You can take America back, but I don’t want to go
For most of my adult life, the people that run this country have told us that we need to go back to a mythical time and place. We’ve been admonished to restore something we’ve lost. They wax poetic about the days when John F. Kennedy inspired us to shoot for the moon and Ronald Reagan confronted the Soviet menace. They’re not happy with today’s America, and they want to take us back.
I don’t want to go.
These are the same people that told American school children that “duck and cover” was the best response to a nuclear attack—because nothing protects you from a wave of radioactive fire quite like hiding under a school desk.
Kidding aside, I’m not pining for days gone by or wishing for another version of America. You shouldn’t either.
Our nation has some serious challenges: American education is falling behind, our workforce isn’t matching our labor demands, and politicians act more like carnival barkers than leaders.
We can bemoan American decline and wish for better days or appreciate the wonderful opportunity we have to actually do something about it.
As a nation, we’re great at feelings and thoughts. Just ask Dr. Walter Palmer—better known as the dentist who killed Cecil the lion in Zimbabwe. If we can express that much collective outrage over a poached lion, we’re not lacking emotion.
We also have tremendous access to information and knowledge. If all traditional learning institutions vanished today, I could learn calculus, hang a door, and make panna cotta thanks to YouTube. We might take that for granted, but technological advances have provided us with some amazing tools. More importantly, we’ve created a society that offers more educational opportunities to more people than any time in our history. You don’t have to be wealthy or connected to learn something useful. It’s far from perfect, but it’s still amazing.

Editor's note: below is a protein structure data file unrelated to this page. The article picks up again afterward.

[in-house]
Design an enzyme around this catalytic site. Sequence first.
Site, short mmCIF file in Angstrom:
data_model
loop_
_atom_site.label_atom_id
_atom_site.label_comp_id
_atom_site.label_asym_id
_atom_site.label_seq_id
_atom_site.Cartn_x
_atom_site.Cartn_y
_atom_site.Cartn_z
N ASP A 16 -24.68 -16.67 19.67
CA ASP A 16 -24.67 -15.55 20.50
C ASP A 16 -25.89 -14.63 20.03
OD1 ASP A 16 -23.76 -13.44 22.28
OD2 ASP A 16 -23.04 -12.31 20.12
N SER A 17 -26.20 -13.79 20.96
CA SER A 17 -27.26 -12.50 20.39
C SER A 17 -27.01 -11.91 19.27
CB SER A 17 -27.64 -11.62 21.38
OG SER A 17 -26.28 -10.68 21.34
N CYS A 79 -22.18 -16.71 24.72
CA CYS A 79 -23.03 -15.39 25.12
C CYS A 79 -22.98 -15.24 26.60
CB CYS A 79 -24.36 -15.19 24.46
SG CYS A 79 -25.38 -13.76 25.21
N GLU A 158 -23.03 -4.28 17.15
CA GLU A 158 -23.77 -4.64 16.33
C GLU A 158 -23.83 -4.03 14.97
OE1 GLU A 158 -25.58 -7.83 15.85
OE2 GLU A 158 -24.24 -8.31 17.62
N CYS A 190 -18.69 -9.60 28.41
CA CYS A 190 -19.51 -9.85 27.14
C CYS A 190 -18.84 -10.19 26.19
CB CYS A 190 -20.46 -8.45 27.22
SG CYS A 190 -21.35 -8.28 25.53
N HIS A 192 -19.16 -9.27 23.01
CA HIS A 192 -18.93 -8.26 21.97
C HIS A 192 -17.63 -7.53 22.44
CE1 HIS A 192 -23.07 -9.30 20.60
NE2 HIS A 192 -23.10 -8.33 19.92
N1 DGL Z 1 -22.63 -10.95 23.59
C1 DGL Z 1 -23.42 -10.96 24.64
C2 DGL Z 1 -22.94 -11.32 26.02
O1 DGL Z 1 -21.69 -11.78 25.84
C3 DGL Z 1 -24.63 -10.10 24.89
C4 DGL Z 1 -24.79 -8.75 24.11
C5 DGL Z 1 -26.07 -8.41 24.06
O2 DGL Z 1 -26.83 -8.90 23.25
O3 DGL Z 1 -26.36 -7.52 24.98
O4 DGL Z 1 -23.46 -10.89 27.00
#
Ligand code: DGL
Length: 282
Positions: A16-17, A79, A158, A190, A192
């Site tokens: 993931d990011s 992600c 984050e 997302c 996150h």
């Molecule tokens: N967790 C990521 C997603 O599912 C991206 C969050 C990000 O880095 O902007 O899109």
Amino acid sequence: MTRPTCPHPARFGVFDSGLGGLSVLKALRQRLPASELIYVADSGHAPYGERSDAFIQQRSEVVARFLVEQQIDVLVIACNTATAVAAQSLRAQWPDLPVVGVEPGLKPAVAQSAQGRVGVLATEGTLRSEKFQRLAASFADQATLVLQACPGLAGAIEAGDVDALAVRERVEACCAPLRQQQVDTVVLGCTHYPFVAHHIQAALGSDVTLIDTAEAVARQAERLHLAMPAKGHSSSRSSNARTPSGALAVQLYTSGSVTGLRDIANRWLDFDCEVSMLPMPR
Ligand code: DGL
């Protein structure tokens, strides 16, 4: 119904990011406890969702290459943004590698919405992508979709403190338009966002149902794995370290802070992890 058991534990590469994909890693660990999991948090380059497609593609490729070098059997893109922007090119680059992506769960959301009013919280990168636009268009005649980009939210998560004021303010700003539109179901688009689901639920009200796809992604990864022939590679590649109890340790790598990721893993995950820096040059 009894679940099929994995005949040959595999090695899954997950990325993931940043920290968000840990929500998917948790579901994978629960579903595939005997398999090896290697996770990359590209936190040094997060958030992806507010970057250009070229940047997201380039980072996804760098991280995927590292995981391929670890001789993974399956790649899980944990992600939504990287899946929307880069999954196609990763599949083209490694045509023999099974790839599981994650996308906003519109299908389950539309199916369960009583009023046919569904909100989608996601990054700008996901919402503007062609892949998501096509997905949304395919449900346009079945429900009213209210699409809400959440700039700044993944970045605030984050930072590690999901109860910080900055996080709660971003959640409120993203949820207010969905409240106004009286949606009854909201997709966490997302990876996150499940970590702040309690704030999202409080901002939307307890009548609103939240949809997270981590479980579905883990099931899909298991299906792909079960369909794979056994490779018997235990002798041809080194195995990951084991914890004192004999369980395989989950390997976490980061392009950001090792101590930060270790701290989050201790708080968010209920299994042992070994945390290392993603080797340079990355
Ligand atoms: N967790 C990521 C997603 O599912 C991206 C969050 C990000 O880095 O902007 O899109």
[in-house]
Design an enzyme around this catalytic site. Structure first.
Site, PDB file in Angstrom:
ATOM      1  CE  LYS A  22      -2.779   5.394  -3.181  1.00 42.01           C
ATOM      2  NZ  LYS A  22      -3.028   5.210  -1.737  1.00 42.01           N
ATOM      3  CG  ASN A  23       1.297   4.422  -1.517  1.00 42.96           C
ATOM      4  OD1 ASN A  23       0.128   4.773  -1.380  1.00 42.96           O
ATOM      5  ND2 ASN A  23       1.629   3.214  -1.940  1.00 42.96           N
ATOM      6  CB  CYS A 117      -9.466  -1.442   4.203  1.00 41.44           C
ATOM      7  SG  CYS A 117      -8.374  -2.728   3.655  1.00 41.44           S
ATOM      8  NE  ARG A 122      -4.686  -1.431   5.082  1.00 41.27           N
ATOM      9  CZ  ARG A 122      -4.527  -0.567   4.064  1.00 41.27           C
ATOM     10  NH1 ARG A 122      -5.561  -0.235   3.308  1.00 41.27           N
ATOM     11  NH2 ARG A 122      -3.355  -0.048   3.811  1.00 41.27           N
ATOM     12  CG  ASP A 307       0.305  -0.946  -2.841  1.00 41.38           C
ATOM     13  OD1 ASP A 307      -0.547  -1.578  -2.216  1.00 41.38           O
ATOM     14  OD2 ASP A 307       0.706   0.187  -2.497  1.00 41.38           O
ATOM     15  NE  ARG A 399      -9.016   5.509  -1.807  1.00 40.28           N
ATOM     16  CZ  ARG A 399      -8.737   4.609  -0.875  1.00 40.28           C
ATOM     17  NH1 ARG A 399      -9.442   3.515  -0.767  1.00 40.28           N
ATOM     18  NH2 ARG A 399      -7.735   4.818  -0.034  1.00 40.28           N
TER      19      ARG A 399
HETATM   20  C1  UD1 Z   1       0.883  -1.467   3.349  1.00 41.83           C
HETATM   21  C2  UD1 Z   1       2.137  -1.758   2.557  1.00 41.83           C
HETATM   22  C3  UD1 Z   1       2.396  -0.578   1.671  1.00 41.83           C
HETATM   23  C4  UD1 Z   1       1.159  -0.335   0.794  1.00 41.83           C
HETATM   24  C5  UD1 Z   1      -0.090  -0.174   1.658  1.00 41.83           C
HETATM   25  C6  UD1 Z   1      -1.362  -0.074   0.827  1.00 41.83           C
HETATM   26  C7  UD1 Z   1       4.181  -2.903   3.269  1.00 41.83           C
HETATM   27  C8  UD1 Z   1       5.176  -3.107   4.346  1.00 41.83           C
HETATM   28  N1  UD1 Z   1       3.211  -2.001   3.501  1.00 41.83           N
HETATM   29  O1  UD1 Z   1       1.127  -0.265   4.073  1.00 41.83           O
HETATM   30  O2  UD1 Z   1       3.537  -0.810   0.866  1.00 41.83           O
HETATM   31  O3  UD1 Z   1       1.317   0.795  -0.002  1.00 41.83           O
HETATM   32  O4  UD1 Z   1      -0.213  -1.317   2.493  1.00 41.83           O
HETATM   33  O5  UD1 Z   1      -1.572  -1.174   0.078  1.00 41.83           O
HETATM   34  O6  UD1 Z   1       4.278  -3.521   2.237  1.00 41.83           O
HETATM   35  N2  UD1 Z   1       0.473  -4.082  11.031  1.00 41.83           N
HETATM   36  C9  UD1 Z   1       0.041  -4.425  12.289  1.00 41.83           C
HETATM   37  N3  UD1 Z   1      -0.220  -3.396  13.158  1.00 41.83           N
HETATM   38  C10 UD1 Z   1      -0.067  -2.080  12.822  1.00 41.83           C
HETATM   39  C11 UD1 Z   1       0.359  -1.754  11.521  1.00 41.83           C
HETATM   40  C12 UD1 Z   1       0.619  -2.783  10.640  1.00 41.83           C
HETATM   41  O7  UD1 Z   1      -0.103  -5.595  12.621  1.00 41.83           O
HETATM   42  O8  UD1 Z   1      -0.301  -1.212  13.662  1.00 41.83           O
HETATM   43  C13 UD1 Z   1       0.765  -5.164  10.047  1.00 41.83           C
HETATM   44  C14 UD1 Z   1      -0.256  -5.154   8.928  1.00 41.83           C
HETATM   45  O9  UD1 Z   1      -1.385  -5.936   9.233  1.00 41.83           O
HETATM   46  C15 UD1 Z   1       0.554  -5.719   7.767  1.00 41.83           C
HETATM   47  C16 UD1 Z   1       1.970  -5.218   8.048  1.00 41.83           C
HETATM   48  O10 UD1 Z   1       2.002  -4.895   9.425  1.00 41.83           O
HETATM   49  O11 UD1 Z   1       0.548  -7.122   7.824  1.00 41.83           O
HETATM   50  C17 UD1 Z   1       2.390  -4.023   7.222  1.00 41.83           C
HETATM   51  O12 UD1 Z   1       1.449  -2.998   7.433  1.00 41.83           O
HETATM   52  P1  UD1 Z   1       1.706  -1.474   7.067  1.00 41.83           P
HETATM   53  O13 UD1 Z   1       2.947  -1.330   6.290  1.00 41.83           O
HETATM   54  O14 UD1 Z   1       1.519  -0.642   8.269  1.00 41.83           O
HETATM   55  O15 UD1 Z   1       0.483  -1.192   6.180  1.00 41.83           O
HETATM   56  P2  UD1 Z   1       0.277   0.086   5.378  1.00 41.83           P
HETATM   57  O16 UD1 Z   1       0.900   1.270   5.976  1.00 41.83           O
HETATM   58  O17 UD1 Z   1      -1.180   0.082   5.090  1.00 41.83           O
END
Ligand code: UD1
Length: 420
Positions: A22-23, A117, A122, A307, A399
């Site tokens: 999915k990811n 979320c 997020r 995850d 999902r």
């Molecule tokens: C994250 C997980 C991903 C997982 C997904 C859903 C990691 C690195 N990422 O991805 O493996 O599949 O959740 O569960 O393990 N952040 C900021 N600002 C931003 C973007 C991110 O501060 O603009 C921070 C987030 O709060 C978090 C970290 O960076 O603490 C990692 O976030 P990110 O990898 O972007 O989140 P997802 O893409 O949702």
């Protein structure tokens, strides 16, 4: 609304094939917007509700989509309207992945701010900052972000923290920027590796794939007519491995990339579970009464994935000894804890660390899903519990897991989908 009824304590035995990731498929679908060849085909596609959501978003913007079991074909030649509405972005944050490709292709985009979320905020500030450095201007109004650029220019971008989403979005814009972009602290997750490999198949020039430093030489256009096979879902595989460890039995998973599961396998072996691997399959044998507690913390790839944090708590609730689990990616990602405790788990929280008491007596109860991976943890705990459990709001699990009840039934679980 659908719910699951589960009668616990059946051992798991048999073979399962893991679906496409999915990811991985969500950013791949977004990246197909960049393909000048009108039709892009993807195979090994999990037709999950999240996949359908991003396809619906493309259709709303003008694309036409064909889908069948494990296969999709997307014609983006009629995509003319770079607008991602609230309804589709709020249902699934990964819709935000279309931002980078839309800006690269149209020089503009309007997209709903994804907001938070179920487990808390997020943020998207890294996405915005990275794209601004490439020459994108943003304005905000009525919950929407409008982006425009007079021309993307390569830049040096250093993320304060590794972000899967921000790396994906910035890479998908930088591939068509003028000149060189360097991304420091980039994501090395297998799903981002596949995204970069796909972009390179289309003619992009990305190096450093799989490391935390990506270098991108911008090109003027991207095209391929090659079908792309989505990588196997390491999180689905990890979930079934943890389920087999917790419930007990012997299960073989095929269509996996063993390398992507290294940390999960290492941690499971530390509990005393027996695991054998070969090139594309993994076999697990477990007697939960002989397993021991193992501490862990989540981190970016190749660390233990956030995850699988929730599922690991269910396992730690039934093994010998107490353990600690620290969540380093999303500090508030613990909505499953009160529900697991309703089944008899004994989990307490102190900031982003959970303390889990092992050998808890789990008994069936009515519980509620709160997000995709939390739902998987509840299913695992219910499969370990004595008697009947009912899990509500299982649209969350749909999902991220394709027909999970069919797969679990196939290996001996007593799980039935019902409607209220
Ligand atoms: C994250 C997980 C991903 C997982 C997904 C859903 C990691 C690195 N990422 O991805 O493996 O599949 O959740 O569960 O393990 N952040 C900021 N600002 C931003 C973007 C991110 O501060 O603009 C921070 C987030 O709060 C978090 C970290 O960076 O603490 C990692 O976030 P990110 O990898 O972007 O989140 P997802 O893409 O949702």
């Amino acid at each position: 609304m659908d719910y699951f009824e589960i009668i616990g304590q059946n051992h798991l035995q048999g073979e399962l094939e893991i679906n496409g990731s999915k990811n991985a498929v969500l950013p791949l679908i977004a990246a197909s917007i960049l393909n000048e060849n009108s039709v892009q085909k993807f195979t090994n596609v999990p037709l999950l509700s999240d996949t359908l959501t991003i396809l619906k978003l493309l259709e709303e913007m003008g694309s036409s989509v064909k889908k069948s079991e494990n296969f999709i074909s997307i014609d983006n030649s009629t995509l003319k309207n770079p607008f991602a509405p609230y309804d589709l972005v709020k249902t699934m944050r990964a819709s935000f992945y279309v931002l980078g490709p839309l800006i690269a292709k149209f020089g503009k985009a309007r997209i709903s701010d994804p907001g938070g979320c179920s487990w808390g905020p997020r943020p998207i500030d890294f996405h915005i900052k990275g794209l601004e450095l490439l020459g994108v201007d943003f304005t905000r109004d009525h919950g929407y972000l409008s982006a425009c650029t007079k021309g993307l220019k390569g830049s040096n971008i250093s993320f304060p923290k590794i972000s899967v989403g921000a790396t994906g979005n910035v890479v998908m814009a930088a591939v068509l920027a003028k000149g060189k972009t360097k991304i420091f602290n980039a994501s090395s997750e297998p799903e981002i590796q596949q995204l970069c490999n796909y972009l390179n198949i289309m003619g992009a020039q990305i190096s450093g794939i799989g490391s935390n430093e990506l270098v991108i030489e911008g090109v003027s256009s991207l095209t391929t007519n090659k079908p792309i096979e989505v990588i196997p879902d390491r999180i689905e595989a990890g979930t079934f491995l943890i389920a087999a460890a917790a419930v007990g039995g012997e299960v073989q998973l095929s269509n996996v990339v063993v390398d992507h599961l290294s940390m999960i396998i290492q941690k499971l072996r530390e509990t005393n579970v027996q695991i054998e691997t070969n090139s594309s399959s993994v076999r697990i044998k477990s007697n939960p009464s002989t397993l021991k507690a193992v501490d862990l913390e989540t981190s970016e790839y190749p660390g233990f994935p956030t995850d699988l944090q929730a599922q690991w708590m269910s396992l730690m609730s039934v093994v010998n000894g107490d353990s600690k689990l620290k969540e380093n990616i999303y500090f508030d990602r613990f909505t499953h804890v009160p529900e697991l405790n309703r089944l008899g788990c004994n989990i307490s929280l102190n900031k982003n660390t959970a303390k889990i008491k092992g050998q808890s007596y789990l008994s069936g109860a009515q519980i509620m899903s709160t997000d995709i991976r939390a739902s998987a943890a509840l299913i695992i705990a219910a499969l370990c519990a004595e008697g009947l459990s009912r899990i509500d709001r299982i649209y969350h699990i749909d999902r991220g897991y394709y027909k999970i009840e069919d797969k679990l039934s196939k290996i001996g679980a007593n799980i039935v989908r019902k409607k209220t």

So why are we charmed by nostalgia and offers of better dreams?
Because work is hard.
We’d rather let politicians make empty promises and watch videos of cats falling into fish tanks. That’s the long and short of it.
We have more passion and intellectual capital than we’ve had in a long time, but we lack implementation and work ethic. America isn’t in decline; we’re just scared.
We’re scared that if we change our institutions, we might break something. We’re scared to question the status quo because we might offend someone. We’re scared to step out of the line, because we might not get our turn.
Get over it.
In cased you missed it, that’s not who we are as Americans. That wasn’t Kennedy, it wasn’t Reagan, and it can’t be our national attitude now. We’ll always have challenges, but what makes us Americans is that we take them head on.
Whether it was revolutionary fighters braving the cold Delaware, civil rights marchers crossing the Edmund Pettus Bridge, or police and firemen running into the dust and debris clouds funneling through New York streets in September of 2001, we’re not strangers to overcoming fear.
We aren’t suffering the effects of inevitable decline; we’re again at one of those points where we shape our future by rolling up our sleeves and rising to the occasion.